August Hoch (20 April 1868– 23 September 1919) was the third director of the New York State Psychiatric Institute in New York City from 1 February 1910 to 1 October 1917. As a neuropathologist and clinician, he exerted his influence on psychiatric developments during the early 20th century in the United States.
He was born Charles August Hoch (and would sign legal documents with his full name) in Basel, Switzerland, the son of a minister, who was also director of the Basel University Hospital. Arriving in Baltimore on the passenger shoip "Rhein" on 3 August 1886 at the age of 19, he emigrated to the United States to pursue his medical education. He spent two years at the medical department of the University of Pennsylvania, where he was influenced by Dr. William Osler. When, in 1889, Osler moved to Johns Hopkins University Hospital in Baltimore, Maryland, Hoch followed to work at the Johns Hopkins outpatient neurological clinic and to pursue medical training at the University of Maryland. He received his M.D. degree from the University of Maryland in 1890. He remained an assistant to Osler in the clinic.
In October 1893 Hoch assumed a position at the McLean Asylum in Somerville, Massachusetts, near Boston, Massachusetts, to develop the pathological and psychological laboratories and the clinical psychiatric programs. Before assuming his position at McLean, McLean's director Edward Cowles sent him to Europe for most of 1893 and 1894 study in several European laboratories, including those of Friedrich von Recklinghausen, a pathologist at the University of Strasbourg; Wilhelm Wundt, a psychologist at the University of Leipzig; and Emil Kraepelin, a psychiatrist at the University of Heidelberg. He would return to European laboratotries and Kraepelin's cliic in Heidelberg, Germany, in 1897.
In July 1894 he married Emmy Muench (22 January 1862--27 August 1941) of Basel, Switzerland, during his European trip. Hoch returned to America with his new bride on the "Veendam" passenger ship, arriving in New York City on 12 Novermber 1894. In May 1895 while working at the newly named McLean Hospital, now on a new campus in Waverly (Belmont), Massachusetts, the Hoch's only child Susan (Susie) Hoch (21 May 1895--8 March 1980) was born. In Queens, New York City, on 3 July 1921 Susan married Lawrence S. Kubie (1896-1973), who would go on to become a noted psychiatrist and psychoanalyst. They produced two children and divorced in 1935. Susan would go on to study psychoanalysis in Europe, was a lifelong acquaintance of Anna Freud, and in 1943 helped found the William Hodson Community Center in the Bronx which was the first experimental psychiatric center for the elderly. She co-authored a book with Gertrude Landrau that would be influential in inspiring the creation of geriatric centers in the US.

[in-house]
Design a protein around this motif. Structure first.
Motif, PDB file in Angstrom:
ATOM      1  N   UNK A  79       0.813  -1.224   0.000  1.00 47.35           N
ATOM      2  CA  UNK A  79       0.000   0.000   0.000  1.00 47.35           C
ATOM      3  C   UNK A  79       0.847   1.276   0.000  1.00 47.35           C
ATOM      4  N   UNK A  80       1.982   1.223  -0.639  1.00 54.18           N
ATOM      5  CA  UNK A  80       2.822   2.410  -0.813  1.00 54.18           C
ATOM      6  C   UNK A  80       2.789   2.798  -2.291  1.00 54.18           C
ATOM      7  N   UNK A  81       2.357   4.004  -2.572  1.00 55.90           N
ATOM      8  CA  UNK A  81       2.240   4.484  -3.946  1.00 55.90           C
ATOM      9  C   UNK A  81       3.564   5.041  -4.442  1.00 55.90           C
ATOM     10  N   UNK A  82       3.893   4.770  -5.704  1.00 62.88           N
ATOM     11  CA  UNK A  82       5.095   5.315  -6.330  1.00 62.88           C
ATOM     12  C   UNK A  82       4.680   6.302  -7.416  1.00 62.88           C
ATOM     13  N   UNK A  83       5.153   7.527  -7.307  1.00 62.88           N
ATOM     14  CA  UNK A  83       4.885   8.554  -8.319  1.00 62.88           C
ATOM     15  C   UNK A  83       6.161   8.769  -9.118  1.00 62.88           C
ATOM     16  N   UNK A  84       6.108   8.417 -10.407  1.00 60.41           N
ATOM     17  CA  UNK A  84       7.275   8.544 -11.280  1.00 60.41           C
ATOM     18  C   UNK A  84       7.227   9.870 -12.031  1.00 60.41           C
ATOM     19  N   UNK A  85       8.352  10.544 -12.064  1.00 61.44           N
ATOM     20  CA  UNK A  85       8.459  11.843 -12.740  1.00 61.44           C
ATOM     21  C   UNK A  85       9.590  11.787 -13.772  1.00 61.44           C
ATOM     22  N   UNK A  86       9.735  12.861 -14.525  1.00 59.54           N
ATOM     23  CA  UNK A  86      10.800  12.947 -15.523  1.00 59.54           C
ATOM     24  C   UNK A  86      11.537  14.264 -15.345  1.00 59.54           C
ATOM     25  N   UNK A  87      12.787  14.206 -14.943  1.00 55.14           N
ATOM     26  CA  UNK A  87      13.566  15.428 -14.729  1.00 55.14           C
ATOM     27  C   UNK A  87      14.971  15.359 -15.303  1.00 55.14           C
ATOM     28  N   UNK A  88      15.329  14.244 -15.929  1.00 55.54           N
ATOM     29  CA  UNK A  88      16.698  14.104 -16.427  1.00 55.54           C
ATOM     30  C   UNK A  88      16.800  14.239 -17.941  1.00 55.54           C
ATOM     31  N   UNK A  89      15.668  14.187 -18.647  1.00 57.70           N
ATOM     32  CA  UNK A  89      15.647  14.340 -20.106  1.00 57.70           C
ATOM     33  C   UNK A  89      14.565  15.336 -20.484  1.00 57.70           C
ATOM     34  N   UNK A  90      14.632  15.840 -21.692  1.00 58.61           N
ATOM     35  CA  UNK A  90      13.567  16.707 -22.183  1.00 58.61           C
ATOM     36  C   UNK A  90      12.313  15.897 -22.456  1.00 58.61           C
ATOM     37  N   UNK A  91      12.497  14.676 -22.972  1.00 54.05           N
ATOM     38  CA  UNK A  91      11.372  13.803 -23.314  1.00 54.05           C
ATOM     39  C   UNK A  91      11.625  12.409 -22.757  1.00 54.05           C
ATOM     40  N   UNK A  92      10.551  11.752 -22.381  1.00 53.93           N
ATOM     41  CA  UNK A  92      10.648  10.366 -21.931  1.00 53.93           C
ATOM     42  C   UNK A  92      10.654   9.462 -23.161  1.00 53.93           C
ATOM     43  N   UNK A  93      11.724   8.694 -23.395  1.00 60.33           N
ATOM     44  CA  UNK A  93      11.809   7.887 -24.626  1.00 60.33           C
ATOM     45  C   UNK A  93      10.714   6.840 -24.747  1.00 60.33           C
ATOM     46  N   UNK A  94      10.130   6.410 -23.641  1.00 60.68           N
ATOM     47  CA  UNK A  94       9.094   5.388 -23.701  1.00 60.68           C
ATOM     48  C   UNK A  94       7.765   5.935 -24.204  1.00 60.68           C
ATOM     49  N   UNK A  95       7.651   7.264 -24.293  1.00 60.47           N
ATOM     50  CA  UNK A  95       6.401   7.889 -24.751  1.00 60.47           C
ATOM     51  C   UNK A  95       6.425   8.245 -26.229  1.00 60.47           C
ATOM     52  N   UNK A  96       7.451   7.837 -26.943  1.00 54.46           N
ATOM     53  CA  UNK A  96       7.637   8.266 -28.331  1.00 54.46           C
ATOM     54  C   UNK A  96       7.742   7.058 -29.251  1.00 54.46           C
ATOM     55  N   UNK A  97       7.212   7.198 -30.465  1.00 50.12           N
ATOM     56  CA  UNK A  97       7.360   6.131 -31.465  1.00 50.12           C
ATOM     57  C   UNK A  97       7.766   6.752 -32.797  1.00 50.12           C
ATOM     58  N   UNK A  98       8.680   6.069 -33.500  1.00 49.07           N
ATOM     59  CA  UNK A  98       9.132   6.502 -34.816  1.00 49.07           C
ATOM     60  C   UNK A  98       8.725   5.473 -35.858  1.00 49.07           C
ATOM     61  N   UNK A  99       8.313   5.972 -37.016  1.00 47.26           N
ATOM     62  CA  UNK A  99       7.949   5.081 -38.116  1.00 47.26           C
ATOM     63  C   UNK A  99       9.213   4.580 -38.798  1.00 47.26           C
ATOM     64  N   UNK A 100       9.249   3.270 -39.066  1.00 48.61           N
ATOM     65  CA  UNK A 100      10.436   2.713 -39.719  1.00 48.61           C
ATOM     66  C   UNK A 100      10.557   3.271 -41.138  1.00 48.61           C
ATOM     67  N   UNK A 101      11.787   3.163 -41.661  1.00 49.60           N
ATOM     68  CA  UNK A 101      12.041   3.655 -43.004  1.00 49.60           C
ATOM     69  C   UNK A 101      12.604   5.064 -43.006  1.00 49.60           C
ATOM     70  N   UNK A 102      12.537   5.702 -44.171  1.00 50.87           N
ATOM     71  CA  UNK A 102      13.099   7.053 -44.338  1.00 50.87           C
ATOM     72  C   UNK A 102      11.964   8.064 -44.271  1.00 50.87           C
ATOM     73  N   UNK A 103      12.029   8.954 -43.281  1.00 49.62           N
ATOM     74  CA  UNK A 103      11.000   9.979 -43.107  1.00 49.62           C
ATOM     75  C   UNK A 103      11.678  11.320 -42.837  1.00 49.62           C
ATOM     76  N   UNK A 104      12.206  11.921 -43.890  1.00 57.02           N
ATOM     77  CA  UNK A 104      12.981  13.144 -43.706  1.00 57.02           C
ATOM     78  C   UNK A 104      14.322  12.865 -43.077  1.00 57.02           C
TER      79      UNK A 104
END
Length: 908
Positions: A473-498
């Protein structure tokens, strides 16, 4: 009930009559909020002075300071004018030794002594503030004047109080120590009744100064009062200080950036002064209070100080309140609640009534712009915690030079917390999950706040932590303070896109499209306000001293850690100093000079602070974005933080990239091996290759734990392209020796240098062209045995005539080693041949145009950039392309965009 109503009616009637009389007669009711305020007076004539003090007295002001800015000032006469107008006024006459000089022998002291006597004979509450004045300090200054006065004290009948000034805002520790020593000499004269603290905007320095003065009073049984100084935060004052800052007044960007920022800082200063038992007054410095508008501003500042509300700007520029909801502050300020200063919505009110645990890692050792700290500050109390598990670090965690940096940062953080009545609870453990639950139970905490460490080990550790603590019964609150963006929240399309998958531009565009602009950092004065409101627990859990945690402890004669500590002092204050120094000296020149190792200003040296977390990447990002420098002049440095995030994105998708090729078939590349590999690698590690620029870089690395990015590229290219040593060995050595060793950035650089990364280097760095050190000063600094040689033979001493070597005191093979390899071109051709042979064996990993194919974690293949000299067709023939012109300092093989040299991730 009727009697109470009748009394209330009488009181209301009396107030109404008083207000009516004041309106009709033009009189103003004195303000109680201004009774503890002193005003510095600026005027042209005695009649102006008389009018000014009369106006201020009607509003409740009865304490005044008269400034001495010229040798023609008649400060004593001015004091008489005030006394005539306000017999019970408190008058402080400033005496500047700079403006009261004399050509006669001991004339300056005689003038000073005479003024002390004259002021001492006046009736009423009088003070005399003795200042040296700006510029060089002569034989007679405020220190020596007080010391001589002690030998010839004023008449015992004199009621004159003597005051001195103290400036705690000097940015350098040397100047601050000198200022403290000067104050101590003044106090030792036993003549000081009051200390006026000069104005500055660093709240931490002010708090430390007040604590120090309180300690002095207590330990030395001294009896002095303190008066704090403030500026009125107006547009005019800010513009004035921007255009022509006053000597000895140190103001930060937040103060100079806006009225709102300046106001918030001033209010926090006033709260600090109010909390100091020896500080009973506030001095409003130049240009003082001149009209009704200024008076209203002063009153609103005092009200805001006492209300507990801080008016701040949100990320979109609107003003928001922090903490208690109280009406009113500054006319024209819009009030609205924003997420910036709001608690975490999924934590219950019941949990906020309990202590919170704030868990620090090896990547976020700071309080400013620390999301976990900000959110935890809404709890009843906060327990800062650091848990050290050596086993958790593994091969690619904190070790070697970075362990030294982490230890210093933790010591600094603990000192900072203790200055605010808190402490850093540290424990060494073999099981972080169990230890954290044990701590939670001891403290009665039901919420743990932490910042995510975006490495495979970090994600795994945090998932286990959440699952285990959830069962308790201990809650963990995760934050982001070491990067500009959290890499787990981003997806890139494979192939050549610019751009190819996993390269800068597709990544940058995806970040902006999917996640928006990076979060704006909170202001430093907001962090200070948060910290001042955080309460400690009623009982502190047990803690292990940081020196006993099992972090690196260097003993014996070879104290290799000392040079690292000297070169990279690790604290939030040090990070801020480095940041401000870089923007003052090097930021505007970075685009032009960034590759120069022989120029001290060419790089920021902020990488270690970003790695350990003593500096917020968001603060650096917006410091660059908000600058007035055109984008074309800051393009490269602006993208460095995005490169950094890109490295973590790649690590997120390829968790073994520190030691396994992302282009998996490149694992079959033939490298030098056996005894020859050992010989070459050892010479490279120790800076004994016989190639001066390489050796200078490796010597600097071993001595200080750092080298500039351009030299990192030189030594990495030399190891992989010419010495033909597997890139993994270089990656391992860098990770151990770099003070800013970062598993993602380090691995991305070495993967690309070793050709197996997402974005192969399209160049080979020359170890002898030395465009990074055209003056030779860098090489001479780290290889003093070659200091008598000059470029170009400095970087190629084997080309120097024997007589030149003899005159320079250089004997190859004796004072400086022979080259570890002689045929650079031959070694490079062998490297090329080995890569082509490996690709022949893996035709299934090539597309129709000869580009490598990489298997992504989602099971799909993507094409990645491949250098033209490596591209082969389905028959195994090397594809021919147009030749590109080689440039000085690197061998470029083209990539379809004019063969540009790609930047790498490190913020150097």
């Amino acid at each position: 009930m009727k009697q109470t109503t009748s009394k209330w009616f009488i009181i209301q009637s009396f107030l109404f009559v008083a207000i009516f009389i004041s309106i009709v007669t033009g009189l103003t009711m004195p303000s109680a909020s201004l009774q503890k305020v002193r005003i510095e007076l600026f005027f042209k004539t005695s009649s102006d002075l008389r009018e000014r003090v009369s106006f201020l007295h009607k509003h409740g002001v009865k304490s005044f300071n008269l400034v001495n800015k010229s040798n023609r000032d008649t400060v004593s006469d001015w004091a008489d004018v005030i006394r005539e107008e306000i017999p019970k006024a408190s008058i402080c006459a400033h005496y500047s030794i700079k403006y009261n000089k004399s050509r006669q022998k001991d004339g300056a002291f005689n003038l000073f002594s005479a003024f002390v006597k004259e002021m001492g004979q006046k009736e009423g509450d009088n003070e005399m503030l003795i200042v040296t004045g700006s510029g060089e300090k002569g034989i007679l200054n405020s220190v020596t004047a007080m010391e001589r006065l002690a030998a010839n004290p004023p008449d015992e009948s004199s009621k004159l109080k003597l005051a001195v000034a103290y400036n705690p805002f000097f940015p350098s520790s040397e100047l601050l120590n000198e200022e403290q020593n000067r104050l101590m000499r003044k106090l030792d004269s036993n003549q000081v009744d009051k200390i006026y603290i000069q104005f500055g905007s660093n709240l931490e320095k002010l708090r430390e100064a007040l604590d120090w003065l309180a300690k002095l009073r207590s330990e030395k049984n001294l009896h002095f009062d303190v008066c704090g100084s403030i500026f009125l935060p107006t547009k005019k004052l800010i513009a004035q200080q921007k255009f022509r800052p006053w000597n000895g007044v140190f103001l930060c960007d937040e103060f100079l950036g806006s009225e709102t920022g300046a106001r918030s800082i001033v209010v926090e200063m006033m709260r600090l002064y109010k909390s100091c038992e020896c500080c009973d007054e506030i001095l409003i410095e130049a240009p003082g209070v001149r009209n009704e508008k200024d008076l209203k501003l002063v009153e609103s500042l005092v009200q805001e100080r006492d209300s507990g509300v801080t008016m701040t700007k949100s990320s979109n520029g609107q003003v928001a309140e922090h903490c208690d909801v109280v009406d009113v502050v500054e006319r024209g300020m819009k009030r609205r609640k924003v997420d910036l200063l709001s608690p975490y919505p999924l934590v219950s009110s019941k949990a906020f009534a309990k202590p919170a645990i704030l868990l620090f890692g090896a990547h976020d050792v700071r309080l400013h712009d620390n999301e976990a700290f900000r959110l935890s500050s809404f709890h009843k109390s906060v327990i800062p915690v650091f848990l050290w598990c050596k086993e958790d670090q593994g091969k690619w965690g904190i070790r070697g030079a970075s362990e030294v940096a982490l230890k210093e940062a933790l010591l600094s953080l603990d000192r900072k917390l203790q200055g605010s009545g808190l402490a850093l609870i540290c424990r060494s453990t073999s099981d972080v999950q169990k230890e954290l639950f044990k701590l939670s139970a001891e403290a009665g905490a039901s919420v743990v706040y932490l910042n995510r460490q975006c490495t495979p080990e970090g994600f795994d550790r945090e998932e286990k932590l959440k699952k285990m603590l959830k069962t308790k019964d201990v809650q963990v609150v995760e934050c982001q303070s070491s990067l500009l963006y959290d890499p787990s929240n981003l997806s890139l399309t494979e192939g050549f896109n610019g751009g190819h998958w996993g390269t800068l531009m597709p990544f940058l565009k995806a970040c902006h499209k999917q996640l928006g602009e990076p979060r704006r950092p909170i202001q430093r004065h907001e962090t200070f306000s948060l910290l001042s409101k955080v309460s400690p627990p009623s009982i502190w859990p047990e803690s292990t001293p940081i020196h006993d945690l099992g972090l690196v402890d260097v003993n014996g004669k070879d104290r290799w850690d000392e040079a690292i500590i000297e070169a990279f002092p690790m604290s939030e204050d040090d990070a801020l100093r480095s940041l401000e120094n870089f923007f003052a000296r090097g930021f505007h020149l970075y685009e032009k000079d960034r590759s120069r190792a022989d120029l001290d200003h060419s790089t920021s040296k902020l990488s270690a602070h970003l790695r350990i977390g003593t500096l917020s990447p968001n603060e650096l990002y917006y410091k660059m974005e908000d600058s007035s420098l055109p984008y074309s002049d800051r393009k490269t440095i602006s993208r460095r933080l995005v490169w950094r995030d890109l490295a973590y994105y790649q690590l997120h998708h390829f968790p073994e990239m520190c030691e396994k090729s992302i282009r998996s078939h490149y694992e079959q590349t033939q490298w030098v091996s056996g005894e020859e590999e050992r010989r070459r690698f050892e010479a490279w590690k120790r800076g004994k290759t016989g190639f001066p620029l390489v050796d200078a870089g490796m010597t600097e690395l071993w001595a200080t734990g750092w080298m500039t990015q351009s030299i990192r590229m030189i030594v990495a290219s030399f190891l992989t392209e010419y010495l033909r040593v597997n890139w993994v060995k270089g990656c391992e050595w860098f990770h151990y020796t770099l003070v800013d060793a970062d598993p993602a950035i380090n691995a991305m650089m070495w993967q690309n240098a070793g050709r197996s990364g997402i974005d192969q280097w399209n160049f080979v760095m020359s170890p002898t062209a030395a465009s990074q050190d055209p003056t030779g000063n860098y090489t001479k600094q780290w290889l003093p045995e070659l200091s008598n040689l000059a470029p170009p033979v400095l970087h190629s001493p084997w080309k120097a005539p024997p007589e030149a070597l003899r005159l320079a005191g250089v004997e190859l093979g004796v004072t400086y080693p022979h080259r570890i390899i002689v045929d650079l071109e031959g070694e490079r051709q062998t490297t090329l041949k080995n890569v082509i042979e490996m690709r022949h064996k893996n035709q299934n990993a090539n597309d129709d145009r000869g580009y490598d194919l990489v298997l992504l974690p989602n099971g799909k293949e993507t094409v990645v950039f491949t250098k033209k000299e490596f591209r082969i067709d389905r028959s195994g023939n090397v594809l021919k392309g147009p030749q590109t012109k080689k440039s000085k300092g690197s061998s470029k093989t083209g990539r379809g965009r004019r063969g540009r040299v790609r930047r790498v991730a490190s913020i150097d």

Hoch formally left McLean Hospital on 23 June 1905. On 1 July 1905, Hoch began a new position at the Bloomingdale Hospital in White Plains, New York as its first assistant physician and special clinician. It was there that he became interested in psychoanalysis, which he believed would illuminate the field of human conduct. In 1908 he spent time in Zurich at the Burgholzli Mental Hospital with its director, Eugen Bleuler, and second-in-command Carl Gustav Jung where he deepened his knowledge of psychoanalysis, was trained in the use of the word association experiment, and became familiar with a new disease concept -- schizophrenia -- which Bleuler had first proposed in a publication that year. After four years at Bloomingdale, in July 1909 he was offered the directorship of the New York State Psychiatric Institute, following Dr. Adolf Meyer (psychiatrist) who was moving to the Johns Hopkins University. A major objective was to use the New York State Psychiatric Institute’s services as an educational locus for physicians working in the state hospitals.
While at Bloomingdale, in 1909 Hoch put in his application to become a naturalized U.S. citizen, and it was granted in August 1911 when he resided in New York.
Hoch was actively involved in psychiatric organizations. He was president of the New York Psychiatric Society in 1908 and in 1909; president of the American Psychopathological Society in 1913; and president of the American Psychoanalytical Society. He was a member of the American Neurological Society, the American Medico-Psychological Society (now the American Psychiatric Association), and the New York Neurological Society. He was a leader in planning a scientific psychiatric journal by the Institute titled Psychiatric Bulletin.
On 6 March 1913 Hoch introduced Eugen Bleuler's disease concept of schizophrenia to elite American alienists and neurologists for the first time during a meeting of the New York Psychiatrical Society. According to him, "all of them made a lot of fun at the term, but it is remarkable what one can get used to."
Hoch wrote most of one book, Benign Stupors: A Study of a New Manic-Depressive Reaction Type, which was published posthumously after an ailing Hoch asked psychiatrist John T. MacCurdy to finish it for him after his death.
He retired from the New York State Psychiatric Institute on 1 October 1917 because of ill health and moved to California. He was the live-in psychiatrist for Stanley McCormick at his Riven Rock estate in Santa Barbara. He died on 23 September 1919 of nephritis at the University Hospital in San Francisco, California.